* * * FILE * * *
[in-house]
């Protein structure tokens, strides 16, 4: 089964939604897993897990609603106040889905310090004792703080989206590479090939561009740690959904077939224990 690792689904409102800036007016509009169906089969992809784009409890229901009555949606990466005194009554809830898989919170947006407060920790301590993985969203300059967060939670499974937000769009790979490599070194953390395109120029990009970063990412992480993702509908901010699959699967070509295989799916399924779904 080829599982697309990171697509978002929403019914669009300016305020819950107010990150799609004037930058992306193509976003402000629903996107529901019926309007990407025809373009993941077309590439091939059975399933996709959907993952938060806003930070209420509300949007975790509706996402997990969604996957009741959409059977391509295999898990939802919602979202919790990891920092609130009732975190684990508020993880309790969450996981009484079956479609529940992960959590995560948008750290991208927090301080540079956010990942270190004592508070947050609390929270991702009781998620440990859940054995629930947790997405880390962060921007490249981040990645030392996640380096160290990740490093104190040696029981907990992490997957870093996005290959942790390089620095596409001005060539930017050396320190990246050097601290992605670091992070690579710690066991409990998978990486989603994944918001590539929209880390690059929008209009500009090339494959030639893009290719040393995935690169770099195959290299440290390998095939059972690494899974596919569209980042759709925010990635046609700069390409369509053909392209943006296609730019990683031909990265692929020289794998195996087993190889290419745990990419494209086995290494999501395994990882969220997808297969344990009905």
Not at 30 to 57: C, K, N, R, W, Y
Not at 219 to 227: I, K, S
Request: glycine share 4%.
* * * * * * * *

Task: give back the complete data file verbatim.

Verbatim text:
[in-house]
């Protein structure tokens, strides 16, 4: 089964939604897993897990609603106040889905310090004792703080989206590479090939561009740690959904077939224990 690792689904409102800036007016509009169906089969992809784009409890229901009555949606990466005194009554809830898989919170947006407060920790301590993985969203300059967060939670499974937000769009790979490599070194953390395109120029990009970063990412992480993702509908901010699959699967070509295989799916399924779904 080829599982697309990171697509978002929403019914669009300016305020819950107010990150799609004037930058992306193509976003402000629903996107529901019926309007990407025809373009993941077309590439091939059975399933996709959907993952938060806003930070209420509300949007975790509706996402997990969604996957009741959409059977391509295999898990939802919602979202919790990891920092609130009732975190684990508020993880309790969450996981009484079956479609529940992960959590995560948008750290991208927090301080540079956010990942270190004592508070947050609390929270991702009781998620440990859940054995629930947790997405880390962060921007490249981040990645030392996640380096160290990740490093104190040696029981907990992490997957870093996005290959942790390089620095596409001005060539930017050396320190990246050097601290992605670091992070690579710690066991409990998978990486989603994944918001590539929209880390690059929008209009500009090339494959030639893009290719040393995935690169770099195959290299440290390998095939059972690494899974596919569209980042759709925010990635046609700069390409369509053909392209943006296609730019990683031909990265692929020289794998195996087993190889290419745990990419494209086995290494999501395994990882969220997808297969344990009905």
Not at 30 to 57: C, K, N, R, W, Y
Not at 219 to 227: I, K, S
Request: glycine share 4%.